Finland, in the process of joining NATO, has a small army made up of 13,000 professionals. However, it has a large number of reservists equivalent to a fifth of its population. If there are 5.5 million inhabitants in the Nordic country, 900,000 are reservists and, in times of war, its army has the capacity for 280,000 soldiers who can contribute to the Atlantic Alliance.

In the current context of war in Ukraine, Finns from all walks of life are taking part in military training in preparation for worst-case scenarios. Volunteers from all over the country have gathered this weekend on an island off the coast of Helsinki to acquire or refresh their military knowledge.

The war in Ukraine, for them, “was the last sign that you have to be prepared in life.

If something happens, you have to be more equipped to face a crisis,” Ville Mukka, a 30-year-old engineer, told AFP. Wearing camouflage suits and branch-covered helmets, he and his companions learn hand-to-hand combat, detect explosives or move through the forest in a coordinated manner.

In the first week of the war in Ukraine, enrollment in volunteer defense programs grew. “Interest was about ten times higher than normal years,” explained Ossi Hietala, 29, a representative of the MPK, the Finnish National Defense Training Association.

Instead of 600 volunteers per week, the number rose to 6,000, prompting the Finnish state to pay MPK an additional three million euros.

Independent from Russia from 1917 and then invaded by the Soviet Union in 1939, Finland was at war with its powerful neighbor for much of World War II, ending in a de facto alliance with Nazi Germany.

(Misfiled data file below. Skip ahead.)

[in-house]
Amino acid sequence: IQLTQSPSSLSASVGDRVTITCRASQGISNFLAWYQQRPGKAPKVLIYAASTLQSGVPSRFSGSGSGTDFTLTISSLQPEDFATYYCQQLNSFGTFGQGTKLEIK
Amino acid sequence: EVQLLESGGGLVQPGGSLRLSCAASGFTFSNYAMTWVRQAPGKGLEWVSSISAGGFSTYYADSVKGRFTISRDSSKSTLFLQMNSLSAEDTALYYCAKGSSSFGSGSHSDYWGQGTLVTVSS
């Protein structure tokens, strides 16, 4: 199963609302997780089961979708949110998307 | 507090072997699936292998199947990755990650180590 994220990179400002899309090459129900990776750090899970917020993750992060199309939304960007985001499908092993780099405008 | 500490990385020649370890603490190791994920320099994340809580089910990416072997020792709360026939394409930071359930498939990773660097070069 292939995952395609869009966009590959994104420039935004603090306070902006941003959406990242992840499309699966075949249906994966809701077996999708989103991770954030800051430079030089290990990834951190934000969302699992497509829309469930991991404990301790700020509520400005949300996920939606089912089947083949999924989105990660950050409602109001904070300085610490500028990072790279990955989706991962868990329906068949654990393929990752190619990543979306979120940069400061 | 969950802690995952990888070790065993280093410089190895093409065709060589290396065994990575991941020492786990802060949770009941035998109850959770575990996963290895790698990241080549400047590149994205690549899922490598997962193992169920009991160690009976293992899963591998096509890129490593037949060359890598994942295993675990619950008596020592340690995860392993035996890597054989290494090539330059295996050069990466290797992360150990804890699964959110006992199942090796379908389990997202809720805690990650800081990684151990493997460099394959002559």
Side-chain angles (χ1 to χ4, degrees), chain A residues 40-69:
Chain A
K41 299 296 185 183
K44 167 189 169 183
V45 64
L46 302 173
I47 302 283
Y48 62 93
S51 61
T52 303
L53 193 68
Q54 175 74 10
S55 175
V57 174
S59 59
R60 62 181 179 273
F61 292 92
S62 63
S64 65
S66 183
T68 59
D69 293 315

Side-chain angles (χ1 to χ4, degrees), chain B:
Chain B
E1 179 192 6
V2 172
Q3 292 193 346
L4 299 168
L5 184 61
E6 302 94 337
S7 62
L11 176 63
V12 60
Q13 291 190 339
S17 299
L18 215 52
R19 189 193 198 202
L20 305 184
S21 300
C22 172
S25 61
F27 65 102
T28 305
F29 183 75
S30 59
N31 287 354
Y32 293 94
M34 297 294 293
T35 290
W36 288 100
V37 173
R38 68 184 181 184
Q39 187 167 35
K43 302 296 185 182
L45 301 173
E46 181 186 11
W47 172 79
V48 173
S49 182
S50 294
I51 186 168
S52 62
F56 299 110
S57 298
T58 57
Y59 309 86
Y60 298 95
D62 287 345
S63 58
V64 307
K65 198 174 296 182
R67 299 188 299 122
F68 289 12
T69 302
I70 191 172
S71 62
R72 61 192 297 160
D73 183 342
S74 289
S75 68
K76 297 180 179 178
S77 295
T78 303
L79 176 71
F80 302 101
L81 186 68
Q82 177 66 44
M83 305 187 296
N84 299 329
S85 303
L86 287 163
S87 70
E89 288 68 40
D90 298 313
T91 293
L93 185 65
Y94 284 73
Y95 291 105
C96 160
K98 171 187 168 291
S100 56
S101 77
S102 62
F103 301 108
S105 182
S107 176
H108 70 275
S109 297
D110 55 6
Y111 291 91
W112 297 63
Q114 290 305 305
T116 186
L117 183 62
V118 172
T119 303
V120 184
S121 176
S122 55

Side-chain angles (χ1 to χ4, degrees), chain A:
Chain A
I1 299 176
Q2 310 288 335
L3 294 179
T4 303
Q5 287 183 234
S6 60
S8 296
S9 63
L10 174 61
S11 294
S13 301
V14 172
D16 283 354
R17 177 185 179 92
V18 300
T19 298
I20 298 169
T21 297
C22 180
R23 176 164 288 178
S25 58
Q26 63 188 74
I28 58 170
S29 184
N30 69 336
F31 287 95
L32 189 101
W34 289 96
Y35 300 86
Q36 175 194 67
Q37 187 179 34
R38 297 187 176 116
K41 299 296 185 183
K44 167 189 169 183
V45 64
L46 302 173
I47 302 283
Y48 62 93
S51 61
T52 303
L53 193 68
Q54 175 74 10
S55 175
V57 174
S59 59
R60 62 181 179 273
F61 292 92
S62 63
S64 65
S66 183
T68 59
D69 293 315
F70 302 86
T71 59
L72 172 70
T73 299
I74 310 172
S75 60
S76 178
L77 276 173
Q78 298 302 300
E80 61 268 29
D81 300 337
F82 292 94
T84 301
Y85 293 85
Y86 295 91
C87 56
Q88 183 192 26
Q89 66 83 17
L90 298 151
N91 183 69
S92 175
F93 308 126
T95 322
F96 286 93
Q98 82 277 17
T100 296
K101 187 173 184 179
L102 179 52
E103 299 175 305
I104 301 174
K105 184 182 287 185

The conflict led to the loss of much of its territory, followed by decades of enforced neutrality under Moscow’s watch during the Cold War. “There is no need to go very far back in history to find points of convergence” with the war in Ukraine, “that is the most worrying thing,” said Tuomas Vare, a 43-year-old participant. “That’s definitely why I’m more active in my workouts,” he admitted.

Finland announced its “historic” NATO bid on Sunday and Sweden did so on Monday, a direct consequence of Russia’s invasion of Ukraine ending decades of military neutrality.

Since the beginning of the Ukrainian conflict, the number of supporters of the alliance in Finland tripled, reaching more than 75%. «I think that Finland as a small country has no other reasonable way to defend itself and its sovereignty. I support the alliance,” Mukka said.

Moscow expressed its irritation at the proposed accession of the two Nordic countries and threatened with a “response”.

MPK trainings, which offer a wide range of courses to prepare the population for a crisis, receive about 40,000 people a year. Trainings range from basic level map reading or camping in the woods, to sniper training and use of anti-tank weapons.

“Those who come are ordinary Finns. These people want to develop their skills, train and learn new things,” said Hietala. Most of the participants are reservists looking to refresh their skills.

Contrary to most European countries, Finland bases its defense on compulsory military service. All men between the ages of 18 and 60 are subject to conscription, while women participate on a voluntary basis.

Each year, more than 20,000 young conscripts do their service, which ranges from six months to more than a year. After that, they go to the reserve. “Reservists are 96% of the forces in wartime, so they are a very important part of the Finnish military defense,” Hietala explained. “Much of the adult population has received military training at some point in their lives,” she noted.